Media buying and selling is set for a fundamental revolution

It is time radically to rethink the very basis of media buying and selling.

For decades the trading currency for most media has been based on consumer media patterns measured by a non overlapping set of “industry” research metrics.

There are some deep-rooted and now institutionalised problems with this system.  The idea for instance that we do well to base pricing on what happened last year in this market place where so much changes so often seems flaky at the moment.  When a disrupter of business practices as fundamental as search engines and the internet comes along and thrives, then it is wrong to expect there to be no seismic impact on other media.  The media landscape is still due for more disruption.  Mobile advertising and search is bound to upset again the current balance.

Furthermore it is time to accept that the current idea of “joint industry research” is and has been for some time a misnomer that does nothing to help in these difficult times. The industry I am employed in encompasses all media channels.  Planners have always looked to invest across channels and now more buying teams are going to become a single investment department working across all media (as MediaCom’s buying teams have done).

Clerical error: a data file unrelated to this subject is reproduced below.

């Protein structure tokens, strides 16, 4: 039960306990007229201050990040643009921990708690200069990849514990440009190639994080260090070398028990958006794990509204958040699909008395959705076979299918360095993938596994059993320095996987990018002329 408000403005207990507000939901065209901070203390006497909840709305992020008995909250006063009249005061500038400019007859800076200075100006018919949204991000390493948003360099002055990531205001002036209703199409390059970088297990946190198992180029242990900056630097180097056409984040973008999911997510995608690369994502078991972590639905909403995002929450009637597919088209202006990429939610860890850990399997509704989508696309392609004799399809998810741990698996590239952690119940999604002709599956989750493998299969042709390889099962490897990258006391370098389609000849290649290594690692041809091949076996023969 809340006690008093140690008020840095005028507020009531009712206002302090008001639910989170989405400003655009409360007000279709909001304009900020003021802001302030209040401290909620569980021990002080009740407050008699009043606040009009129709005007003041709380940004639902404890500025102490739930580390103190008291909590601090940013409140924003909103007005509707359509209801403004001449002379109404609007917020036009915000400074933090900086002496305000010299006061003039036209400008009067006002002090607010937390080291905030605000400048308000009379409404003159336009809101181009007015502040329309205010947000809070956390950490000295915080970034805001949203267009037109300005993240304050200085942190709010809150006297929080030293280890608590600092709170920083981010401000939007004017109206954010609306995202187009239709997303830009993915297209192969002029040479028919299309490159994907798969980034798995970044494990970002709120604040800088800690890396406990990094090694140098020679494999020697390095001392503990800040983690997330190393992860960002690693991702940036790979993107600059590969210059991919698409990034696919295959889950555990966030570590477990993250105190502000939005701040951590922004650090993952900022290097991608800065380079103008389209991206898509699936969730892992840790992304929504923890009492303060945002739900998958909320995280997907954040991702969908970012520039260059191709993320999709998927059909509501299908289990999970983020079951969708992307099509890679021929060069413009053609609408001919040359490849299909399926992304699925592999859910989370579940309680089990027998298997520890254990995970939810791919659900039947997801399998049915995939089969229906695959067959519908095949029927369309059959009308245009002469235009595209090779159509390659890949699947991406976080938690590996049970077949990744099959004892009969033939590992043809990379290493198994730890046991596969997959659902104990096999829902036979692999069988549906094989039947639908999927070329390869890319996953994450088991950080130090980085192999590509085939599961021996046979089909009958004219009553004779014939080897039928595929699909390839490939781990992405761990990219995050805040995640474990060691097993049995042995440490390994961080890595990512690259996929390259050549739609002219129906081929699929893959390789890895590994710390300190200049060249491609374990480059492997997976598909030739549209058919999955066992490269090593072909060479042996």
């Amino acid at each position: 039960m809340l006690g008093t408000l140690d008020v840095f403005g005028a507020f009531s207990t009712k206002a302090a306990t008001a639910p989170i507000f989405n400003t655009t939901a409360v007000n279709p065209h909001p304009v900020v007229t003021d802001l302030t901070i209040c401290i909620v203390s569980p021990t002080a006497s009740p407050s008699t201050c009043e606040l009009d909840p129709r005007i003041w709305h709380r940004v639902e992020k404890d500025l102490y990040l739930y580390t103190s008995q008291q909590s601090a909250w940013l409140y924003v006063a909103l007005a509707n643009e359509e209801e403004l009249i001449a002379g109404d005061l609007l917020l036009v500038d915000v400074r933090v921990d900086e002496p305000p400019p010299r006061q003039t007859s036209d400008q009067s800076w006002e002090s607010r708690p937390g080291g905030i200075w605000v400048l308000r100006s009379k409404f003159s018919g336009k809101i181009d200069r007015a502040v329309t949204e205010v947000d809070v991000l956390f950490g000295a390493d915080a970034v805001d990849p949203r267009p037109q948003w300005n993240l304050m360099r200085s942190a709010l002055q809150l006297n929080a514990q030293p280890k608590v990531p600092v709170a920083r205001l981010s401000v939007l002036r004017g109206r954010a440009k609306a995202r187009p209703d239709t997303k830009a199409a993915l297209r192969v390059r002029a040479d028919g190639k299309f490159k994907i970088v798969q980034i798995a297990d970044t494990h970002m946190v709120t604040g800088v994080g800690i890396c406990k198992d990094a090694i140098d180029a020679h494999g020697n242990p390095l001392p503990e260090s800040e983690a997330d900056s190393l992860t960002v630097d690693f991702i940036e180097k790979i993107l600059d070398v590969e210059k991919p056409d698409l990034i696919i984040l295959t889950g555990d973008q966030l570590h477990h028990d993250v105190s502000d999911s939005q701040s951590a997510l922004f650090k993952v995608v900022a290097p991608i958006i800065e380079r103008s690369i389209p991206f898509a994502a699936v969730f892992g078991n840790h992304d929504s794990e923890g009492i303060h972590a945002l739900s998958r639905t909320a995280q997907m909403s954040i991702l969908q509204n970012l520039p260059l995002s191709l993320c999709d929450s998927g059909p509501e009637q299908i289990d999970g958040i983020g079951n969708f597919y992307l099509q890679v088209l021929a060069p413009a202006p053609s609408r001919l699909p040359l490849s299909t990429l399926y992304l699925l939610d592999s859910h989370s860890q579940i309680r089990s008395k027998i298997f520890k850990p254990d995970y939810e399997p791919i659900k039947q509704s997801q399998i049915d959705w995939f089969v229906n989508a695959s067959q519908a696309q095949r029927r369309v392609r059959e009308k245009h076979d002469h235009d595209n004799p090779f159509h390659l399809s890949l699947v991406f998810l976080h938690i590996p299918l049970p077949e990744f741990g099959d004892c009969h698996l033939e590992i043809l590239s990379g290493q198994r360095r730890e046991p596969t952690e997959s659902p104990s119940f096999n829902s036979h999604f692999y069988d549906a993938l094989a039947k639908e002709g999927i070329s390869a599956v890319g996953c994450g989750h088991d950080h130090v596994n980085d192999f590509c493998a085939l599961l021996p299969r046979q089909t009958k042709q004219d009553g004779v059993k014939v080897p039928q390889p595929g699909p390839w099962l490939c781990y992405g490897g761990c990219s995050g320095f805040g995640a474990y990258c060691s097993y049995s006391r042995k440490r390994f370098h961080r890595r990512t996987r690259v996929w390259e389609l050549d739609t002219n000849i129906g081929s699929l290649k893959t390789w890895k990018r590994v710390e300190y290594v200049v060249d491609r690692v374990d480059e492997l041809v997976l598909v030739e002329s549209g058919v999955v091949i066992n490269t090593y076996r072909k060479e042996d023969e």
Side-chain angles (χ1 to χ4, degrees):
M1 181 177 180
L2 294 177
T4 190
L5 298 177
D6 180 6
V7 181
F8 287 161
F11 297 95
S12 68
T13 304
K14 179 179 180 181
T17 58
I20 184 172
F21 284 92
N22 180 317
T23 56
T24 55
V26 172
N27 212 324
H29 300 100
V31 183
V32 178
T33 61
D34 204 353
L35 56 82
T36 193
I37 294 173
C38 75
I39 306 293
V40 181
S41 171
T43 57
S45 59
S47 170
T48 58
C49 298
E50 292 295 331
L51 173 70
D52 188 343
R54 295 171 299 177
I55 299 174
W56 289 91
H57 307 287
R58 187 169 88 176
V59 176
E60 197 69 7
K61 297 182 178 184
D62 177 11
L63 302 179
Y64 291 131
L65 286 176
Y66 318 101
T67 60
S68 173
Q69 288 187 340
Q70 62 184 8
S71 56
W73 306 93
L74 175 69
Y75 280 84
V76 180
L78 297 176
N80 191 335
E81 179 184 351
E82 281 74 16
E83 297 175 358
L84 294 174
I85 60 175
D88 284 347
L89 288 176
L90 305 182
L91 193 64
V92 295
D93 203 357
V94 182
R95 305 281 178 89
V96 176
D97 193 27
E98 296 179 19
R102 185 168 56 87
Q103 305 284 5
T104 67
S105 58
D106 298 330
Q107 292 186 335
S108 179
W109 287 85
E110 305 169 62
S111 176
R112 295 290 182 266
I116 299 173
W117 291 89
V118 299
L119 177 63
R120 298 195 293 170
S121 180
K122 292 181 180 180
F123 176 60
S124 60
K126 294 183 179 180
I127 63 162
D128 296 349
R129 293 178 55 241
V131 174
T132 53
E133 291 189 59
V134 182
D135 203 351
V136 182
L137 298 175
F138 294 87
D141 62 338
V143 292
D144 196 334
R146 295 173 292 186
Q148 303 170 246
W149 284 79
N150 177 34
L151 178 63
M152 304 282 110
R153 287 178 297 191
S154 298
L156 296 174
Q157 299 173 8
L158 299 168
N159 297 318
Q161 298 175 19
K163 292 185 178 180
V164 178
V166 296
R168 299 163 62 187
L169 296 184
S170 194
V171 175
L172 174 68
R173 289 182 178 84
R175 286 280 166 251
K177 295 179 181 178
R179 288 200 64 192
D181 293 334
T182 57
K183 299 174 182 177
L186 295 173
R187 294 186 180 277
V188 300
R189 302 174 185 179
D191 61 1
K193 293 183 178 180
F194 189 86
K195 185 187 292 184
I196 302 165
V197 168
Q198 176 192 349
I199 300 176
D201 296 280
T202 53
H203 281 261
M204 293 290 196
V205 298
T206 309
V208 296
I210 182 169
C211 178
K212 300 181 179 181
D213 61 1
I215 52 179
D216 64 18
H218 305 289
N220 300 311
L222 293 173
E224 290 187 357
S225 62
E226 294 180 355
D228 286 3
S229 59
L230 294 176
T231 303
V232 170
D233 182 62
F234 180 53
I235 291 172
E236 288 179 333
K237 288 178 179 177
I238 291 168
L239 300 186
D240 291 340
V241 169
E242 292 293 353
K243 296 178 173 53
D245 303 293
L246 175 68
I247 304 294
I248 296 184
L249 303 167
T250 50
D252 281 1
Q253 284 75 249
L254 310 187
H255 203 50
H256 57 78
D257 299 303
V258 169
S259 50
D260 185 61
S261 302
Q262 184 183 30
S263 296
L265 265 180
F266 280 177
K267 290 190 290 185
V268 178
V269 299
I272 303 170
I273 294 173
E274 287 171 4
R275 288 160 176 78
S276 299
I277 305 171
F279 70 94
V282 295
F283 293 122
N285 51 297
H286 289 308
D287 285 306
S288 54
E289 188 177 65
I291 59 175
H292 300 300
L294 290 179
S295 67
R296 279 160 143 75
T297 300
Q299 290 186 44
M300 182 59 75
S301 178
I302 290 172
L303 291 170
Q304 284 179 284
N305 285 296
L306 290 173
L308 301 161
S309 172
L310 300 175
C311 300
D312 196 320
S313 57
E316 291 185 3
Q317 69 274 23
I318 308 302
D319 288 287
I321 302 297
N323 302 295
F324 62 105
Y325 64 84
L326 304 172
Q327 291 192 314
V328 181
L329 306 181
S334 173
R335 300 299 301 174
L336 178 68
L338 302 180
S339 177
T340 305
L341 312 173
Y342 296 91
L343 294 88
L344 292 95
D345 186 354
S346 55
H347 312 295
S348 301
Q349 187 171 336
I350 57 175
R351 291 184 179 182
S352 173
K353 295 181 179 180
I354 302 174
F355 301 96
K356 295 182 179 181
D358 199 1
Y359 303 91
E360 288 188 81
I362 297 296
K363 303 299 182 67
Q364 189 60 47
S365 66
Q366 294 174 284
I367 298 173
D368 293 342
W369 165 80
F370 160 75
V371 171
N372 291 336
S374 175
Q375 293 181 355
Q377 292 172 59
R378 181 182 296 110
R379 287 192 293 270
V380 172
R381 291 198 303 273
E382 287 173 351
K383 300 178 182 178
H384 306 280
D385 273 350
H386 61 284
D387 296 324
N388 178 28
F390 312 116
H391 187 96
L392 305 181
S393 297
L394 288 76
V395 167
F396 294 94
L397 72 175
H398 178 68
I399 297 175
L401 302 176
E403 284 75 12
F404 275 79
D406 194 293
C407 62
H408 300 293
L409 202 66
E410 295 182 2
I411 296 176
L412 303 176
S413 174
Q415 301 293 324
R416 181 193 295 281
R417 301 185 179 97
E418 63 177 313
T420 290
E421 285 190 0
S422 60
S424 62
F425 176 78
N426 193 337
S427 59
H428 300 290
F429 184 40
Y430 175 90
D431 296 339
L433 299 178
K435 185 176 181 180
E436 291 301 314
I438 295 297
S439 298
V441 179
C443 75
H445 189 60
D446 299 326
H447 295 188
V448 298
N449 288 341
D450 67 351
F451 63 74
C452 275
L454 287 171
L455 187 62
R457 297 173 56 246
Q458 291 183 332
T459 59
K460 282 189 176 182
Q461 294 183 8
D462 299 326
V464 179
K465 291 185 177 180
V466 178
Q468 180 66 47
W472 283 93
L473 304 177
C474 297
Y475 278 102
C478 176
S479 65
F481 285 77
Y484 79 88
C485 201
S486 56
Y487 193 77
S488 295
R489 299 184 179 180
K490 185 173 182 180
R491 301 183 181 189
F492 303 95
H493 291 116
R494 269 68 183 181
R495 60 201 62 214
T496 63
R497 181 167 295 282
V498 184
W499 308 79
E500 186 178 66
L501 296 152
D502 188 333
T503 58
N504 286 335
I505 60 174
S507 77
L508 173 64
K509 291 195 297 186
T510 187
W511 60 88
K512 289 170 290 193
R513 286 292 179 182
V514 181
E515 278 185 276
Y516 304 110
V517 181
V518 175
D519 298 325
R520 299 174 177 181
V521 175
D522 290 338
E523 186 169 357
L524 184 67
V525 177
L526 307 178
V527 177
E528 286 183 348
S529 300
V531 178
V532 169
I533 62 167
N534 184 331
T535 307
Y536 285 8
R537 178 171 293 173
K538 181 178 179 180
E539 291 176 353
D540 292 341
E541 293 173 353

But we seem no closer to an agreed industry audience measurement across media that could be used for instance to calculate a true net rating than we were five years ago.  Certainly media research within each medium has evolved.  But the idea of being able to trade and evaluate performance across all media channels with a consistent definition of audiences is not in sight, nor a consistency in terms of the speed of release of data with TV data available after 7 days (with some available overnight) and Comscore and Neilsen releasing online data after 4-6 weeks.

Newspaper and magazine readership is still defined by NRS as “anyone who has read for two minutes or more”.  Posters are measured in terms of anyone who realistically could view the poster, netted down by visibility factors.  TV – viewers are people in the room when the TV is on.  Comscore measure online audiences with a much bigger panel – 50,000 pcs mainly in the home.  Radio requires you to listen for at least 5 minutes within the quarter hour measured.  Great thought and a huge amount of expertise and investment has gone into each individual measurement system by medium, but now we need the same level of expertise to devise audience measurement that works across all media.

It is time to move away from the current trading based on different ways of measuring audiences by channel and instead work towards a cross industry currency.  If it can’t be based on audience exposure then perhaps it will need to be based on what works client by client instead.  There is more than one model that could replace the current structures but in any case it is time for a complete overhaul.

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